Nova Publishers
My Account Nova Publishers Shopping Cart
HomeBooksSeriesJournalsReference CollectionseBooksInformationSalesImprintsFor Authors
  Top » Catalog » Books » Education » Book Chapters » The Global War on Terrorism: Assessing the American Response » My Account  |  Cart Contents  |  Checkout   
Quick Find
Use keywords to find the product you are looking for.
Advanced Search
What's New? more
Doxycycline: Medical Uses and Effects
Shopping Cart more
0 items
Shipping & Returns
Privacy Notice
Conditions of Use
Contact Us
01.Presidential War Powers And The War On Terrorism: Are We Destined To Repeat Our Mistakes?
02.The War On Terrorism In The Balkans: A Report Card On Us Policy After 9/11
03.The Evolution Of American Grand Strategy And The War On Terrorism: Clinton And Bush Perspectives
Notifications more
NotificationsNotify me of updates to Terrorism In Southeast Asia: Malaysia, Singapore, The Philippines And Indonesia
Tell A Friend
Tell someone you know about this product.
Terrorism In Southeast Asia: Malaysia, Singapore, The Philippines And Indonesia $25.00
Authors:  Palmer, Ronald D. (George Washington University)
After startling late 2001 discoveries of al Qaeda-connected terrorist activities in Malaysia, Singapore, the Philippines, and Indonesia, the American deployment of 660 troops to the Southern Philippines was described by some commentators as the opening of a US-led Southeast Asian Second Front in the War on Terrorism. In fact, however, as the October 12, 2002 carefully-orchestrated terrorist bombing of a Bali nightclub indicated in which almost 200 persons, mainly westerners, were killed al Qaeda had long since prepared its own Southeast Asian Second Front. Such preparations seem to go back to the early and mid-1990s, a period of inadequate or misdirected attention by the United States to the region. Local governments were otherwise preoccupied with severe economic and political problems. Muslim dissidence in the southern Philippines was nothing new; it had persisted since the early 1970s. Such fledgling groups as the seemingly overly ambitious Malaysian Kumpulan Mujahidden Malaysia (Malaysian Mujahidden Group, KMM) or the Jemaah Islamiya (Islamic Community, JI), with aspirations of developing a region-wide Islamic state, seemed inconsequential at best. The concept of ties between these groups and a foreign terrorist group like al Qaeda seemed far-fetched. And yet, as it were, beneath the radar of local and US intelligence surveillance, al Qaeda was able to penetrate and manipulate local Islamist grievances. This chapter attempts to analyze how this happened before and after the 11 September 2001 bombing of the US Trade Center in New York.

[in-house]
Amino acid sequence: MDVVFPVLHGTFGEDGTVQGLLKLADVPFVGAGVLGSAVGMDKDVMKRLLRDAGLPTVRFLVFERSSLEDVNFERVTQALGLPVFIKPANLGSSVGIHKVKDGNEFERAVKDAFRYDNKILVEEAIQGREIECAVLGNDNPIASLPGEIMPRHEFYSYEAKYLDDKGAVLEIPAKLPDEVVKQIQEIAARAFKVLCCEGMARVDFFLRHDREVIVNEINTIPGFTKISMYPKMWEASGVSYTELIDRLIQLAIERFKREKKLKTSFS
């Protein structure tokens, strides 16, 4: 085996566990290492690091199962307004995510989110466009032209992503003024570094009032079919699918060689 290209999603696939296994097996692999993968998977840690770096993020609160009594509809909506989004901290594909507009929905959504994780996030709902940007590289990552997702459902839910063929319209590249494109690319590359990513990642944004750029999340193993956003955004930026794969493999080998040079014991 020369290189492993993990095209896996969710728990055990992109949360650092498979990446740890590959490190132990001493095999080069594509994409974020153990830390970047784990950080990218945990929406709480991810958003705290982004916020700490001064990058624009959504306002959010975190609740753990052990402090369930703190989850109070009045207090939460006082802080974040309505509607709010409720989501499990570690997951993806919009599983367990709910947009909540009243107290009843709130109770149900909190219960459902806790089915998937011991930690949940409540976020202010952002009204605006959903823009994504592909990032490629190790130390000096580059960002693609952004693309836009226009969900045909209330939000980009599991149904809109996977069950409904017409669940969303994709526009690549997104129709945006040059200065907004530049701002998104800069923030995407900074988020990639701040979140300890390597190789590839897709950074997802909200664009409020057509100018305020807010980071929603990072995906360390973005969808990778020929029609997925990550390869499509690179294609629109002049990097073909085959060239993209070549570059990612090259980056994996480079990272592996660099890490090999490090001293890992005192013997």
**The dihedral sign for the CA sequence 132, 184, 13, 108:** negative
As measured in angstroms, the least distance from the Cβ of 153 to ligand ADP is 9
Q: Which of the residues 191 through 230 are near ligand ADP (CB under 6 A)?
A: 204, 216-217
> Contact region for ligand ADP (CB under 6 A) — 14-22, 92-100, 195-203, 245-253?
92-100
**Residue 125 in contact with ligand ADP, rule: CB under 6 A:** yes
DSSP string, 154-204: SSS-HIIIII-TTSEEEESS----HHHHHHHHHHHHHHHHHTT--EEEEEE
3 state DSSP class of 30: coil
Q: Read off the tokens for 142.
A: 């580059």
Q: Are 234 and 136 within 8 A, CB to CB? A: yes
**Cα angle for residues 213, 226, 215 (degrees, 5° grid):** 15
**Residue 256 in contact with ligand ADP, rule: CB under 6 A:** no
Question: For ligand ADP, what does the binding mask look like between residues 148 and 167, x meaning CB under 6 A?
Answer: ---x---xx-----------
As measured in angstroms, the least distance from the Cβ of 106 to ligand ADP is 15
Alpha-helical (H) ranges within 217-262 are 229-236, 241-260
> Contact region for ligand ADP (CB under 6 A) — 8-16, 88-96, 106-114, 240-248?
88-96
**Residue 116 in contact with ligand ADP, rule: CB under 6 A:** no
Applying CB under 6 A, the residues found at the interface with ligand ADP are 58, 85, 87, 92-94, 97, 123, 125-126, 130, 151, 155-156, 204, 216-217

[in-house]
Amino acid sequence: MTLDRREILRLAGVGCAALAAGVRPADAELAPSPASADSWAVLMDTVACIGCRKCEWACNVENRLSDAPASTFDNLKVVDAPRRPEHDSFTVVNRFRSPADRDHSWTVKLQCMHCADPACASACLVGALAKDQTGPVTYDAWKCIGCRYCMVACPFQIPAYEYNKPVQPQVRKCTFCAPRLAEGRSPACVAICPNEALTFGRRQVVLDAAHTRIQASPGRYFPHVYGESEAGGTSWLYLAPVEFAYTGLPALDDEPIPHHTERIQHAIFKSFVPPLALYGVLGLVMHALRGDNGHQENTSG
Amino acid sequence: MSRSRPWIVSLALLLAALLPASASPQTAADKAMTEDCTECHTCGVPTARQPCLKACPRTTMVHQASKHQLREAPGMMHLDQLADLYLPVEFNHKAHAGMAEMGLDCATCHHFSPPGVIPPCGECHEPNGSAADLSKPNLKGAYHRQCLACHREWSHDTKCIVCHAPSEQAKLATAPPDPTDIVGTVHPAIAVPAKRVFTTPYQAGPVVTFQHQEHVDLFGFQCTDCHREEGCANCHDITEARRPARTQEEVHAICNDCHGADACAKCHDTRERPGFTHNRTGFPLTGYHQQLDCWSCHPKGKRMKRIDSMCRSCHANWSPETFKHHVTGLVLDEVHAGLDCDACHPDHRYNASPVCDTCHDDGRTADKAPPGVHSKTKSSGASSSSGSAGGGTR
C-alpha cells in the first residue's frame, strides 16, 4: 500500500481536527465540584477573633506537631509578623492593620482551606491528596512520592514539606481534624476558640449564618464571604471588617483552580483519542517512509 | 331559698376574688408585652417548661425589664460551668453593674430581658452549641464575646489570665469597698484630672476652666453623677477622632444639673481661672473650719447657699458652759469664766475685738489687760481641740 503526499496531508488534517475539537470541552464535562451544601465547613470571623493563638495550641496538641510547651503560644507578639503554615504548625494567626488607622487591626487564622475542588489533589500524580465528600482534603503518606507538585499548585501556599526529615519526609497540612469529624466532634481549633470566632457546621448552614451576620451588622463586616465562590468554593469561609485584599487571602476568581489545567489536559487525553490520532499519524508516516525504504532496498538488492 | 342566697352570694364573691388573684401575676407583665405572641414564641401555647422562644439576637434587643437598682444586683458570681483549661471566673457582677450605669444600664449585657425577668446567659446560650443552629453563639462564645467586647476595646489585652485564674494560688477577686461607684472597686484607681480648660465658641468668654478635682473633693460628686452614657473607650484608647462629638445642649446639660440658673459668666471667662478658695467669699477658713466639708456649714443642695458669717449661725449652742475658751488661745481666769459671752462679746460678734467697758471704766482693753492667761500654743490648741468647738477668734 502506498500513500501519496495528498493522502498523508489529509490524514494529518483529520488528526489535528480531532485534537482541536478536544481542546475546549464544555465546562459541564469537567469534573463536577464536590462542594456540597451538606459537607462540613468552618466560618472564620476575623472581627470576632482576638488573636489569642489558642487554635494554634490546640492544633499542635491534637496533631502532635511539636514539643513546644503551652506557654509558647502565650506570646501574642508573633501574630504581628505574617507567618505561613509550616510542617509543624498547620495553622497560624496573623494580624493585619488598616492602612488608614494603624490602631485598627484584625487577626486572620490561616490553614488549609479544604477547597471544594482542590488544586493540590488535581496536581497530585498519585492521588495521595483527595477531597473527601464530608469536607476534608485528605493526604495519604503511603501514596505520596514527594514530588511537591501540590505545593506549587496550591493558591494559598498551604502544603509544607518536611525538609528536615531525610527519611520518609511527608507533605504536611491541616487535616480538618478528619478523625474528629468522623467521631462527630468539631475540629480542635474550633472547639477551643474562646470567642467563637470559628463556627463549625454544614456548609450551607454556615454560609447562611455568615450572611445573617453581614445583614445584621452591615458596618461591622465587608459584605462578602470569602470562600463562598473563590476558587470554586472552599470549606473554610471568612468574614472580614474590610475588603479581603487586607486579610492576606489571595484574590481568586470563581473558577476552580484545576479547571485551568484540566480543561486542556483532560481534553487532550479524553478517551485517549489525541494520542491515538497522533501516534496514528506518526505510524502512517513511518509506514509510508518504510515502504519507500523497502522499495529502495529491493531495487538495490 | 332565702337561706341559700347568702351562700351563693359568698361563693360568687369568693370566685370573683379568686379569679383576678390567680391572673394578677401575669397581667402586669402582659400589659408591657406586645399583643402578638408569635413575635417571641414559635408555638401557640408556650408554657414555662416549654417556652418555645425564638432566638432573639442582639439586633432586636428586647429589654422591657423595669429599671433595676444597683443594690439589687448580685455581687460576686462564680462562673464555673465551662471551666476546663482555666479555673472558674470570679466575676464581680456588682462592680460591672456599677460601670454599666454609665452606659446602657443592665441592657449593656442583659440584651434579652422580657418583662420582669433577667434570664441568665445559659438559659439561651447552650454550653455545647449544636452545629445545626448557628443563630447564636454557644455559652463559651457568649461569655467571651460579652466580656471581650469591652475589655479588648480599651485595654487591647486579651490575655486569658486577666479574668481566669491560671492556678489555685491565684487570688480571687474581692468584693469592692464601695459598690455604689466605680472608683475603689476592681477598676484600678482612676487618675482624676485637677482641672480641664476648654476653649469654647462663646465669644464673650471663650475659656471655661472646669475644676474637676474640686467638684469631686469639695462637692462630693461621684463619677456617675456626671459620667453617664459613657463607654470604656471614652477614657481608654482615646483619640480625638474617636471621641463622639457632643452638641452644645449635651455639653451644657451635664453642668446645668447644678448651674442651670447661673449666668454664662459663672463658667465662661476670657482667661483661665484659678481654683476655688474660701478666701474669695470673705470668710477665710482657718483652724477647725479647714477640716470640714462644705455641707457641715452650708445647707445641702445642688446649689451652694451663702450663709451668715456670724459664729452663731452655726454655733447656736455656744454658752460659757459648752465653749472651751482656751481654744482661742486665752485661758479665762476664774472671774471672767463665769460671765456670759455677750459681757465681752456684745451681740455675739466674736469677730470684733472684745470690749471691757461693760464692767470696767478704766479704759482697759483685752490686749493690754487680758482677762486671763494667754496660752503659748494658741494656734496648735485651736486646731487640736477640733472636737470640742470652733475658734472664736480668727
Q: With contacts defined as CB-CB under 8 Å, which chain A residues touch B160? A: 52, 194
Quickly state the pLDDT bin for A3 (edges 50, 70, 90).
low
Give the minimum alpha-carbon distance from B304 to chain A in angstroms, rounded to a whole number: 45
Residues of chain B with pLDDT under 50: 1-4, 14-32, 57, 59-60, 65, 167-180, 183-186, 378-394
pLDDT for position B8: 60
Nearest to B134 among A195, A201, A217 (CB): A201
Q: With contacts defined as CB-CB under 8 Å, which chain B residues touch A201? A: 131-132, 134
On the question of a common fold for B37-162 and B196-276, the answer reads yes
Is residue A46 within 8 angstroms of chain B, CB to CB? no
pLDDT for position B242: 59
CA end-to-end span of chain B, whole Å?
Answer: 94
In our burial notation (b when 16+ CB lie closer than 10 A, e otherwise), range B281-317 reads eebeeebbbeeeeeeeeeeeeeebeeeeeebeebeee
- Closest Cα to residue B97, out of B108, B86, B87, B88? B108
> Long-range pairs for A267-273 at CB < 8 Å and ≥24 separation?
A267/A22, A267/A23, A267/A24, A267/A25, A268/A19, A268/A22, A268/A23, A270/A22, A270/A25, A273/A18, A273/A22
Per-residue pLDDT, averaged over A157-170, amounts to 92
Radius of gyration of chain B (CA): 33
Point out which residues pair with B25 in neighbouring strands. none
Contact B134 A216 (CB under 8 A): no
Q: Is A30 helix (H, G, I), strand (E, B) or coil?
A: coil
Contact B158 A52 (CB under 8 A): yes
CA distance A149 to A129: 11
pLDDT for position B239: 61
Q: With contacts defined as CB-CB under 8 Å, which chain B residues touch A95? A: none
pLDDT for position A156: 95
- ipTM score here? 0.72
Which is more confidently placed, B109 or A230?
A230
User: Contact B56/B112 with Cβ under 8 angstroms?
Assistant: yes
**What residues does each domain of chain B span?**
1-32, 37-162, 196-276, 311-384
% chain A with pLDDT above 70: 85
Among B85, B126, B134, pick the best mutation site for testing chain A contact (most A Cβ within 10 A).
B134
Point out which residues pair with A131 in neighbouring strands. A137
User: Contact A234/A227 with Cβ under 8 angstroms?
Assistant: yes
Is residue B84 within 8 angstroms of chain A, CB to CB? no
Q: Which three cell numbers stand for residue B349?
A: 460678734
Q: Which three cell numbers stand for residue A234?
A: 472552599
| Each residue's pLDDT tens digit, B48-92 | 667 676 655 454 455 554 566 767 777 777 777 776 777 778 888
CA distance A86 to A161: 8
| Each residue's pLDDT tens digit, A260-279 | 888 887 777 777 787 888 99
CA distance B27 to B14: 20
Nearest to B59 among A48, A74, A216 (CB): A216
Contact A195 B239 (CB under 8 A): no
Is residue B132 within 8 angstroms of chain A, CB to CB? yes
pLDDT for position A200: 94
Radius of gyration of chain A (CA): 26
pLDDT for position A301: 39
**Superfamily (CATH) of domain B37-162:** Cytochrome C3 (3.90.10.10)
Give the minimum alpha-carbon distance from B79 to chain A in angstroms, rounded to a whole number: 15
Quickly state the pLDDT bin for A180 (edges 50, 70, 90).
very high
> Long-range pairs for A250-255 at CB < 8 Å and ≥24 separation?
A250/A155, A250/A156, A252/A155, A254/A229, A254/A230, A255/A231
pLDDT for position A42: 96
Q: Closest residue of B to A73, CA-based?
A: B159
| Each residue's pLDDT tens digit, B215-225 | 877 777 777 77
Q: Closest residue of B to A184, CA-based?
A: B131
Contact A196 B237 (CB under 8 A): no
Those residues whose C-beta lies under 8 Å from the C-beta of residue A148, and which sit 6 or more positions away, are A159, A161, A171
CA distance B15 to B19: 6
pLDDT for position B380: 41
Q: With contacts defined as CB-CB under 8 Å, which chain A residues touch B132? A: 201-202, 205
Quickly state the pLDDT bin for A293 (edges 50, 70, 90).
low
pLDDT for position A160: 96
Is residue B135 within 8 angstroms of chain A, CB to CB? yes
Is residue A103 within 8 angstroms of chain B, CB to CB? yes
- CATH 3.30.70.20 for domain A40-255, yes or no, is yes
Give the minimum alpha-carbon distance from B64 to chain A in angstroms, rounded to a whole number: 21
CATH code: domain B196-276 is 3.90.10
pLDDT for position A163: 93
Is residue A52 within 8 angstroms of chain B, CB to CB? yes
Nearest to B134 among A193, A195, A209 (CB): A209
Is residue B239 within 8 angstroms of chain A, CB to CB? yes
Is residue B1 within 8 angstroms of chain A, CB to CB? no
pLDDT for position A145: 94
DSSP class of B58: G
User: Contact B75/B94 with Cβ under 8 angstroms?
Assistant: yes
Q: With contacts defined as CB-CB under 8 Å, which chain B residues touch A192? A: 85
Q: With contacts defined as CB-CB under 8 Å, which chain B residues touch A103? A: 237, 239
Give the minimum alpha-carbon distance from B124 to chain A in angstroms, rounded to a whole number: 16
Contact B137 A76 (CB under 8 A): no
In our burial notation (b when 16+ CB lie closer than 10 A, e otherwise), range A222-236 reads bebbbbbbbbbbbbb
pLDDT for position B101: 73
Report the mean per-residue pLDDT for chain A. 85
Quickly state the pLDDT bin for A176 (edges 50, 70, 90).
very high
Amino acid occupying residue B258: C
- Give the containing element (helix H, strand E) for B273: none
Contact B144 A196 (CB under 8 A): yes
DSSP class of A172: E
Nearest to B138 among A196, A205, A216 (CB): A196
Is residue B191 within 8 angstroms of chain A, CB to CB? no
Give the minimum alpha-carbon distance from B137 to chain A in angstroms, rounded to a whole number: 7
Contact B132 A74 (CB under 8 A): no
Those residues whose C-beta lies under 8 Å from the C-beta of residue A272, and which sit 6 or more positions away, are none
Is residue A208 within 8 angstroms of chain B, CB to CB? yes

Available Options:
Special Focus Titles
01.Violent Communication and Bullying in Early Childhood Education
02.Cultural Considerations in Intervention with Women and Children Exposed to Intimate Partner Violence
03.Chronic Disease and Disability: The Pediatric Lung
04.Fruit and Vegetable Consumption and Health: New Research
05.Fire and the Sword: Understanding the Impact and Challenge of Organized Islamism. Volume 2

Nova Science Publishers
© Copyright 2004 - 2022

Terrorism In Southeast Asia: Malaysia, Singapore, The Philippines And Indonesia